Do-it-Yourself Dog Agility Equipment

Building a dog agility course at home is simple and a chance to be creative. A few key obstacles should always be included in your at home practice because they appear in most agility shows. However, anything a dog can safely jump, traverse, climb, or go through will make excellent obstacles to practice on at home.

  1. Dog Agility

    • Dog agility tests a dogs obedience over an obstacle course that challenges them in a multitude of ways. Several jumps that resemble those in horse jumping competitions test the dogs' ability to jump different heights and spreads. Obstacles like the A frame test the dogs' obedience because they must climb down to a line before jumping off. Weave poles, the tunnel, and the teeter totter all test the dogs' ability to listen when they are unsure of where they should go.


    • Ideally, decide which obstacles you should build by which ones the dog will find the most challenging. The ones that give most dogs pause are the tunnels and chutes, the teeter totters, and the weave poles. Some version of these as well as some basic jumps would be good options for at-home practice.

    Weave Poles

    • Weave poles are probably the simplest piece of equipment to construct because they are typically small PVC pipes placed in a line on the ground as needed. For more stability, a tent spike or the like can be glued onto or screwed onto the PVC to anchor it into the ground. Weave poles can be three or four poles placed a foot or so apart in a line with up to 10 to 12 poles in a line.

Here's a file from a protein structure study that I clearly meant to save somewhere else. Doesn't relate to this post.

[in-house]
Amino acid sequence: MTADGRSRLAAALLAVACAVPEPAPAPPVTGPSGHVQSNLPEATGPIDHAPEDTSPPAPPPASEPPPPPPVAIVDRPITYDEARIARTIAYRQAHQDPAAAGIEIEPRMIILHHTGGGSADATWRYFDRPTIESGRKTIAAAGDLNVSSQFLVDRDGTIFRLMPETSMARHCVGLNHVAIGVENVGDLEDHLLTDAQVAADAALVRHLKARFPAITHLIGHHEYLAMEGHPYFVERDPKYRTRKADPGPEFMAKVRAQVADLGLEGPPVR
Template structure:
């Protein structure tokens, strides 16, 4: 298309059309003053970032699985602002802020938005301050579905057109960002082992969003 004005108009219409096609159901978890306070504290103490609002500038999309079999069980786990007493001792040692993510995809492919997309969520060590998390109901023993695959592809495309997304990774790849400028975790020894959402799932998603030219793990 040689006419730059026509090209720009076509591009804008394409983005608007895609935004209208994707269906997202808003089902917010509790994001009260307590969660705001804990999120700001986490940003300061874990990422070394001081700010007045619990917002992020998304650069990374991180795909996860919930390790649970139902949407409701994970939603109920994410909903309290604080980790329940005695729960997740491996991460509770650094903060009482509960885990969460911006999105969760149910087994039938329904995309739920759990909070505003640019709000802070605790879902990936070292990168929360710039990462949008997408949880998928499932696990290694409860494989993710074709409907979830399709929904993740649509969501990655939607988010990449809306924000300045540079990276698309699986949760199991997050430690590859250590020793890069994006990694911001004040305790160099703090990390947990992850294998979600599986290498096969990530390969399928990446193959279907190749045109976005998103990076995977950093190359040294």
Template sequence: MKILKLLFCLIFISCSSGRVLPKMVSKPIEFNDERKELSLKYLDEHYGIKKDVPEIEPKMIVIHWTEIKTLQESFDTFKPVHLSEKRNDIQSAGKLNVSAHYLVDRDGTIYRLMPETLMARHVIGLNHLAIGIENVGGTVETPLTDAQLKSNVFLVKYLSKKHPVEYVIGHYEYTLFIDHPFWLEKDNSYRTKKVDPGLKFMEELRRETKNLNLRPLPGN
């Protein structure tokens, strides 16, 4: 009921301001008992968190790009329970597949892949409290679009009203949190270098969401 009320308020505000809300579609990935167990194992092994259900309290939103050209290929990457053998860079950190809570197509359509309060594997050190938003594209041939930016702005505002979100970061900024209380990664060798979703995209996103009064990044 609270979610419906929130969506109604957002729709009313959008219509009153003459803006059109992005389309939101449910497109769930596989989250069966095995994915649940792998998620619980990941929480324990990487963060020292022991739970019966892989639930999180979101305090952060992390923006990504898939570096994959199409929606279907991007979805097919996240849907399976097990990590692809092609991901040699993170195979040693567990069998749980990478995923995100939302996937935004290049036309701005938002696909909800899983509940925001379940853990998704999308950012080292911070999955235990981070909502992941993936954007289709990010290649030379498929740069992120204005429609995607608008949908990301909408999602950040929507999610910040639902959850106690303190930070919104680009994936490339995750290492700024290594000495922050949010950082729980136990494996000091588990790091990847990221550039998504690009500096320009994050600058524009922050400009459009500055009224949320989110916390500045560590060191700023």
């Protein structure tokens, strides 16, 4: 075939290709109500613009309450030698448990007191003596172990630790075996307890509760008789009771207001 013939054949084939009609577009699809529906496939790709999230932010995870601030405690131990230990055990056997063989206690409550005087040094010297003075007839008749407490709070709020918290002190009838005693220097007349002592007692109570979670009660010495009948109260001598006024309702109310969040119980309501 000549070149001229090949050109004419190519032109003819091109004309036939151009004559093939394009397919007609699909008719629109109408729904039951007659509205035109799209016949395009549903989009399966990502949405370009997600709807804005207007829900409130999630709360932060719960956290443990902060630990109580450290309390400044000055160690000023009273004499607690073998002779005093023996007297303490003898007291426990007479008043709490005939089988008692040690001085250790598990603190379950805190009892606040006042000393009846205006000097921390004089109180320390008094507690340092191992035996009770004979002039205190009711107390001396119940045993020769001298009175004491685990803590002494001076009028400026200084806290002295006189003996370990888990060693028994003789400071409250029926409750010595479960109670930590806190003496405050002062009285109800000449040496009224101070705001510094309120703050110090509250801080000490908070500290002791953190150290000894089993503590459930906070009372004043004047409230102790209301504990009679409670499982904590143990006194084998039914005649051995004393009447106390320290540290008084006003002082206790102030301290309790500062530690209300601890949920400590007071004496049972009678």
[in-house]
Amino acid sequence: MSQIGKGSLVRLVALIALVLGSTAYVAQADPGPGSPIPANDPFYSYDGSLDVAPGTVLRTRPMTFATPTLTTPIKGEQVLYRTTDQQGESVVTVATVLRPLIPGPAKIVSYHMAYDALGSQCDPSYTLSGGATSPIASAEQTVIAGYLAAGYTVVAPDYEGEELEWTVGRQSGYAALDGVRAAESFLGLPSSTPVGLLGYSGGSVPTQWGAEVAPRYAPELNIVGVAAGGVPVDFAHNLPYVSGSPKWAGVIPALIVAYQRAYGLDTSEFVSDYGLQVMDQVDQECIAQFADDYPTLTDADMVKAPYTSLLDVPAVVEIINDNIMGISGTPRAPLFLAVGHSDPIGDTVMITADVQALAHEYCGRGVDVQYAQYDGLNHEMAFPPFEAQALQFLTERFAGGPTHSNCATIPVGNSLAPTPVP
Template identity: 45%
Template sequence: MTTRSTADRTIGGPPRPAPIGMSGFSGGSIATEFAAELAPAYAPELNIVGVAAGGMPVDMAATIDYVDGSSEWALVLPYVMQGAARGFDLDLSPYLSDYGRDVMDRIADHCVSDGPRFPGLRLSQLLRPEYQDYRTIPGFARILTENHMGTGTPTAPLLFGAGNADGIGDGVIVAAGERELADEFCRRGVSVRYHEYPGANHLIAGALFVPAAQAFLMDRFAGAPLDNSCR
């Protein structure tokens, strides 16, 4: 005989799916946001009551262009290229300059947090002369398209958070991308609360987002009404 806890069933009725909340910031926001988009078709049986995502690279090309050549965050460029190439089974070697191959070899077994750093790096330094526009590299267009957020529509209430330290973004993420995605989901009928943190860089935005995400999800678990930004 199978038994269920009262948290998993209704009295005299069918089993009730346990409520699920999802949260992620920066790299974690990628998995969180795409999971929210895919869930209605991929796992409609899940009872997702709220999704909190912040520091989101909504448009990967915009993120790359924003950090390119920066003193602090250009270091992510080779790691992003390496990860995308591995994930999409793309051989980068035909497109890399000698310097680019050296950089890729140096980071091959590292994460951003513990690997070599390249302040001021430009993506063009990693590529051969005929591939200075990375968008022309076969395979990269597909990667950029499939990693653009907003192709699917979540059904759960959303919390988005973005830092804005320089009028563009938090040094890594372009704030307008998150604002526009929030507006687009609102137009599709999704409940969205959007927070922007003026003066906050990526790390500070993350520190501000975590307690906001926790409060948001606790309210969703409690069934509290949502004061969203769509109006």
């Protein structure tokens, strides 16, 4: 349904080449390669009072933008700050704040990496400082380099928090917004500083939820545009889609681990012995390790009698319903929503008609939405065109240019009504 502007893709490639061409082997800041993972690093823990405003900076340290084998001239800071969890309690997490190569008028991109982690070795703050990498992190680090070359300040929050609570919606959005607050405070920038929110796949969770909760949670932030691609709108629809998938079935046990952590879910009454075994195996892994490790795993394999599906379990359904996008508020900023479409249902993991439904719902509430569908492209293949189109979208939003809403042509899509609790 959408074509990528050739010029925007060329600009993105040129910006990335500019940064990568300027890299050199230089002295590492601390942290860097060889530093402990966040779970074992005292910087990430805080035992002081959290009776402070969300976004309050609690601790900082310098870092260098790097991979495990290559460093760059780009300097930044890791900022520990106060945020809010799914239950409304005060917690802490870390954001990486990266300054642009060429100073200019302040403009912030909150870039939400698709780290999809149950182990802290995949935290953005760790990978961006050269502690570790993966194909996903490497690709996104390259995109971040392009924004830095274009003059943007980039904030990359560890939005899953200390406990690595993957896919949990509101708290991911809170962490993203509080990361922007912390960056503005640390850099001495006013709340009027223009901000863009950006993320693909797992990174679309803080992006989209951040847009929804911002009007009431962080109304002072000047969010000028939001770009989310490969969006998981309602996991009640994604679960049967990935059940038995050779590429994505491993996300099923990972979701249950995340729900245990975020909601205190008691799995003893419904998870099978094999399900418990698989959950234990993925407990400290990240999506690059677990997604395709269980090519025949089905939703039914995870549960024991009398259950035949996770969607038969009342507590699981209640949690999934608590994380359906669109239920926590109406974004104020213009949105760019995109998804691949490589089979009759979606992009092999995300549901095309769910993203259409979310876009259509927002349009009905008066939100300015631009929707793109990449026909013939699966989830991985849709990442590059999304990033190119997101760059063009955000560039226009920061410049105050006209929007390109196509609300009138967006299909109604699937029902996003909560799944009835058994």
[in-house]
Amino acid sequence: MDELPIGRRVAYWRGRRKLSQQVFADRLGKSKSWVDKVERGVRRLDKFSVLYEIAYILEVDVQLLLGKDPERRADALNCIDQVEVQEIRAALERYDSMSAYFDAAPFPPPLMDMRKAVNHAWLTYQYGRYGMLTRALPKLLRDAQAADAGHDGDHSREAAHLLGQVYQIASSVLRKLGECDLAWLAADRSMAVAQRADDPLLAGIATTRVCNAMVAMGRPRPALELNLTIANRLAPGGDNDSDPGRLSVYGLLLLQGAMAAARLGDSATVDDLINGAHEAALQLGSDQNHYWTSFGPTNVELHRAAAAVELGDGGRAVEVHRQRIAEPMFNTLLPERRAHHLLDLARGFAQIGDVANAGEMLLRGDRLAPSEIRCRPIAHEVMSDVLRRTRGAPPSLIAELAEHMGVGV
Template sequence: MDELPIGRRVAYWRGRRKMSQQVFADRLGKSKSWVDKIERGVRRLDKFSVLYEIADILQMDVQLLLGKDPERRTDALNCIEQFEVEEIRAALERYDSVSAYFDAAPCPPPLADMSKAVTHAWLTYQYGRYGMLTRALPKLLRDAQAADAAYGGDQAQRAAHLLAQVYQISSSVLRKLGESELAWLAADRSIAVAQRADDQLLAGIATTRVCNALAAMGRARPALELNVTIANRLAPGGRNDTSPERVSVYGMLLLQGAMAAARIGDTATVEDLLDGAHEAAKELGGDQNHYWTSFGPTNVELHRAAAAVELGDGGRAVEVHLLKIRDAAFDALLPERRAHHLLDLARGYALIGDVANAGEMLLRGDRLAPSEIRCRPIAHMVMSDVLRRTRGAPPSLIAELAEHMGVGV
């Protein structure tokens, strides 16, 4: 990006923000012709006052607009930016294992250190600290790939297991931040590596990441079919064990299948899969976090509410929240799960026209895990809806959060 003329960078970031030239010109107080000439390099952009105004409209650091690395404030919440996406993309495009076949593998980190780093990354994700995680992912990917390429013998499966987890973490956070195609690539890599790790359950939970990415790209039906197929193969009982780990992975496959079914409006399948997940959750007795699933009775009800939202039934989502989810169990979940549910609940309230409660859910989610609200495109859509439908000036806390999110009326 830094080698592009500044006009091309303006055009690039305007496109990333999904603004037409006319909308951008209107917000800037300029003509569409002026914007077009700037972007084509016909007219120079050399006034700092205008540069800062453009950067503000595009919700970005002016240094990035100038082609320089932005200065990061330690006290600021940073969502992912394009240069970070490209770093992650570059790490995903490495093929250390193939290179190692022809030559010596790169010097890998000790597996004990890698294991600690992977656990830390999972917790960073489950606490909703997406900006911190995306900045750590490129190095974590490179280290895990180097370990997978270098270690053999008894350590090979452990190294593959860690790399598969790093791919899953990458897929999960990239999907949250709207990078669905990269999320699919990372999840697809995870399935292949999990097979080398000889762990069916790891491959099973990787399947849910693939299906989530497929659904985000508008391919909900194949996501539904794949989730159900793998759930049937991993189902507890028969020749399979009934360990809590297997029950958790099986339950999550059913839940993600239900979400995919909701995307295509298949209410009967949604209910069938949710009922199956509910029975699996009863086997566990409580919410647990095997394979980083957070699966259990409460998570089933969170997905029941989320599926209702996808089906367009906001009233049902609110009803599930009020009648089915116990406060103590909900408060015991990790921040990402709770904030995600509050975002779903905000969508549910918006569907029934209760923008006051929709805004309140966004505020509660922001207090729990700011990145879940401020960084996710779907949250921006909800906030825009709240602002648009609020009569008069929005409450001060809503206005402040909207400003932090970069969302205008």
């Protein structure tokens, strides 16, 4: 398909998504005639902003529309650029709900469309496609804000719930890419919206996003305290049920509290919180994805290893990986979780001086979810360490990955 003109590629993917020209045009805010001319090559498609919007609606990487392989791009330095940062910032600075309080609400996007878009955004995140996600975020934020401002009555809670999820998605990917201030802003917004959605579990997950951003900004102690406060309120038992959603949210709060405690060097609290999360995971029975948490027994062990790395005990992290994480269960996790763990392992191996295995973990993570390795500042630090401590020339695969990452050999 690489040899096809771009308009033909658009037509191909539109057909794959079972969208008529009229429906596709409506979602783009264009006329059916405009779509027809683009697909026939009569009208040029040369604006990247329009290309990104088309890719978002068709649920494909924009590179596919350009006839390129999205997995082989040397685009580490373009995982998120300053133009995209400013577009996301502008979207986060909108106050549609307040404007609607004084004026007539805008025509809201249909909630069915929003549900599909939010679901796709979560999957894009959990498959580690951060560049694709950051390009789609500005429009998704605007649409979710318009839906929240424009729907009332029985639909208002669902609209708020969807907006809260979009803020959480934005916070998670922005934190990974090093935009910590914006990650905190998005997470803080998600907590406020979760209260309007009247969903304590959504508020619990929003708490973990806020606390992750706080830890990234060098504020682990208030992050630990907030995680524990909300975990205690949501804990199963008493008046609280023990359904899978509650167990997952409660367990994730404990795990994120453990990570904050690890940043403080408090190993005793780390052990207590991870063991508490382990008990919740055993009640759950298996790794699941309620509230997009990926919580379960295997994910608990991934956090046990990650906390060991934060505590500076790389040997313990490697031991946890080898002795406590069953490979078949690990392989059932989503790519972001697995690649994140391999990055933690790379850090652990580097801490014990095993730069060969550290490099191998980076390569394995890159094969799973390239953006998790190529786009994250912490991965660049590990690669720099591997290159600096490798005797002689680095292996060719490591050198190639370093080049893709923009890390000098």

• A good option of making jumps is to use small PVC pipes. Being relatively inexpensive and easy to work with, several jumps can be made on a small budget. Go to a few dog agility meets to see what style they use to decide what style you want. Jumps can be made from wood or any other materials you have around the house provided they have a smooth surface and are fairly light to prevent injury if the dog knocks them down.

    Tunnels and Chutes

    • To make a tunnel or chute, first decide how wide the diameter of the chute will be. Of course, bigger dogs need a wider width to make it through. Then choose a durable material for the supports. In a pinch, hula hoops work quite well. The fabric connecting the hoops or making up the chute should preferably something that you can hose off, but to start, an old bedroom sheet will work just fine.

    Teeters and Dog Walks

    • Teeters and dog walks are balancing obstacles. Choose a wood wide enough for your dog to comfortably transverse. Again, larger dogs will need more room, so a wider wood should be chosen (for example an 8 x 2 or 12 x 2 piece of wood). The supports for both should be made of wood and sturdily constructed to support the weight of the dog.

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